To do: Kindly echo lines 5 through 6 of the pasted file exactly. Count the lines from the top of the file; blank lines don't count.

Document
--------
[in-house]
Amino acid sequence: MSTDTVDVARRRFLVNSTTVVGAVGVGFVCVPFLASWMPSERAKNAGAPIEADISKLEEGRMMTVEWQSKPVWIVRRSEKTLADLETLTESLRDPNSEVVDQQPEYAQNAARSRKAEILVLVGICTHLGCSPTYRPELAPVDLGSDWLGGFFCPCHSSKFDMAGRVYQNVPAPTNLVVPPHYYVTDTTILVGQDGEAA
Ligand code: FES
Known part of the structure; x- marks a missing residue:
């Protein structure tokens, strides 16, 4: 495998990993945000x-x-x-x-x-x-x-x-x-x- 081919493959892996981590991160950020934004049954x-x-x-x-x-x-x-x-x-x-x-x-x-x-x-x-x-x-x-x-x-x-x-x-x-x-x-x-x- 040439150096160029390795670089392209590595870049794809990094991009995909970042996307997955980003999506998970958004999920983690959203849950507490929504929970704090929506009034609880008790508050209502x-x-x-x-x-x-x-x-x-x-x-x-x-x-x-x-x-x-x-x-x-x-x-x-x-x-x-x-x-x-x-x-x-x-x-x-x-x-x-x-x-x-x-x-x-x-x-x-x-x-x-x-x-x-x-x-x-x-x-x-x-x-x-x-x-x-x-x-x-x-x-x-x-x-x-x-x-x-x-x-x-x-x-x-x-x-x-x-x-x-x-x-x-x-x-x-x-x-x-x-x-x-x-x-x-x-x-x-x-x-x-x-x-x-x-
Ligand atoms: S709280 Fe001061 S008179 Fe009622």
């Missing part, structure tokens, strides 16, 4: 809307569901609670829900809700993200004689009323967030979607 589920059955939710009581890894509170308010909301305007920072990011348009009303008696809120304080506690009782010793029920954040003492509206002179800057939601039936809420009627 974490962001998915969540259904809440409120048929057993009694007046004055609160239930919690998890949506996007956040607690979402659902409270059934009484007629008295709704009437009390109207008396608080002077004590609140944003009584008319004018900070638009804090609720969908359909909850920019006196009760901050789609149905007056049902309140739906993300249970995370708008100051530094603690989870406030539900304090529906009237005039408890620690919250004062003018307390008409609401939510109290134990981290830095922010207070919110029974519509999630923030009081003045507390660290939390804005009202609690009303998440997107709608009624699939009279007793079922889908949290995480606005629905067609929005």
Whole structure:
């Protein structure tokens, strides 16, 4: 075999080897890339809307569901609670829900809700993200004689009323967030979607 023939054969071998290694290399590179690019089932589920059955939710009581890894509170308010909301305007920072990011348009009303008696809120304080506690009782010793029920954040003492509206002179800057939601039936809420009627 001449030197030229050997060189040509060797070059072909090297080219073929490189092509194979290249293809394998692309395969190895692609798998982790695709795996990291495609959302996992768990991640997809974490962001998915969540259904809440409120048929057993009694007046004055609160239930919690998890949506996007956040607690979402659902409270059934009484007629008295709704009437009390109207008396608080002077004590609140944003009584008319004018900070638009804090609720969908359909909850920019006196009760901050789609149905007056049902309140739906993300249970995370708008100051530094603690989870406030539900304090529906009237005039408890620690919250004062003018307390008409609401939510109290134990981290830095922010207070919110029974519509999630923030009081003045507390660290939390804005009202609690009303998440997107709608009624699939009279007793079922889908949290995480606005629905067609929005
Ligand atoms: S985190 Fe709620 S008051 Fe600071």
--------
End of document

């Protein structure tokens, strides 16, 4: 495998990993945000x-x-x-x-x-x-x-x-x-x- 081919493959892996981590991160950020934004049954x-x-x-x-x-x-x-x-x-x-x-x-x-x-x-x-x-x-x-x-x-x-x-x-x-x-x-x-x- 040439150096160029390795670089392209590595870049794809990094991009995909970042996307997955980003999506998970958004999920983690959203849950507490929504929970704090929506009034609880008790508050209502x-x-x-x-x-x-x-x-x-x-x-x-x-x-x-x-x-x-x-x-x-x-x-x-x-x-x-x-x-x-x-x-x-x-x-x-x-x-x-x-x-x-x-x-x-x-x-x-x-x-x-x-x-x-x-x-x-x-x-x-x-x-x-x-x-x-x-x-x-x-x-x-x-x-x-x-x-x-x-x-x-x-x-x-x-x-x-x-x-x-x-x-x-x-x-x-x-x-x-x-x-x-x-x-x-x-x-x-x-x-x-x-x-x-x-
Ligand atoms: S709280 Fe001061 S008179 Fe009622």